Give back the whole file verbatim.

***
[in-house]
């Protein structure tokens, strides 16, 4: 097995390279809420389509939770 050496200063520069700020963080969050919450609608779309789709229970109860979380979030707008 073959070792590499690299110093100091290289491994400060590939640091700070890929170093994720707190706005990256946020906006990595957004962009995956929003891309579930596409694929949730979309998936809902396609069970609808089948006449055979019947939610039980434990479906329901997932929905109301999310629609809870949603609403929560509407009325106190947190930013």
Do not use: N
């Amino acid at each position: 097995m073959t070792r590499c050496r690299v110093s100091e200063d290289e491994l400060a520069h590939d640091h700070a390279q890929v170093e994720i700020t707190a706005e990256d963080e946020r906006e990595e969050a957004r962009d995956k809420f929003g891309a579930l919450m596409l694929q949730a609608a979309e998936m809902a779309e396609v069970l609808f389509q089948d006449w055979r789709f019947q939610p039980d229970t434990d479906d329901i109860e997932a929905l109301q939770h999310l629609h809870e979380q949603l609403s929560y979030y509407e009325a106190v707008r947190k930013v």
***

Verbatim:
[in-house]
């Protein structure tokens, strides 16, 4: 097995390279809420389509939770 050496200063520069700020963080969050919450609608779309789709229970109860979380979030707008 073959070792590499690299110093100091290289491994400060590939640091700070890929170093994720707190706005990256946020906006990595957004962009995956929003891309579930596409694929949730979309998936809902396609069970609808089948006449055979019947939610039980434990479906329901997932929905109301999310629609809870949603609403929560509407009325106190947190930013």
Do not use: N
């Amino acid at each position: 097995m073959t070792r590499c050496r690299v110093s100091e200063d290289e491994l400060a520069h590939d640091h700070a390279q890929v170093e994720i700020t707190a706005e990256d963080e946020r906006e990595e969050a957004r962009d995956k809420f929003g891309a579930l919450m596409l694929q949730a609608a979309e998936m809902a779309e396609v069970l609808f389509q089948d006449w055979r789709f019947q939610p039980d229970t434990d479906d329901i109860e997932a929905l109301q939770h999310l629609h809870e979380q949603l609403s929560y979030y509407e009325a106190v707008r947190k930013v």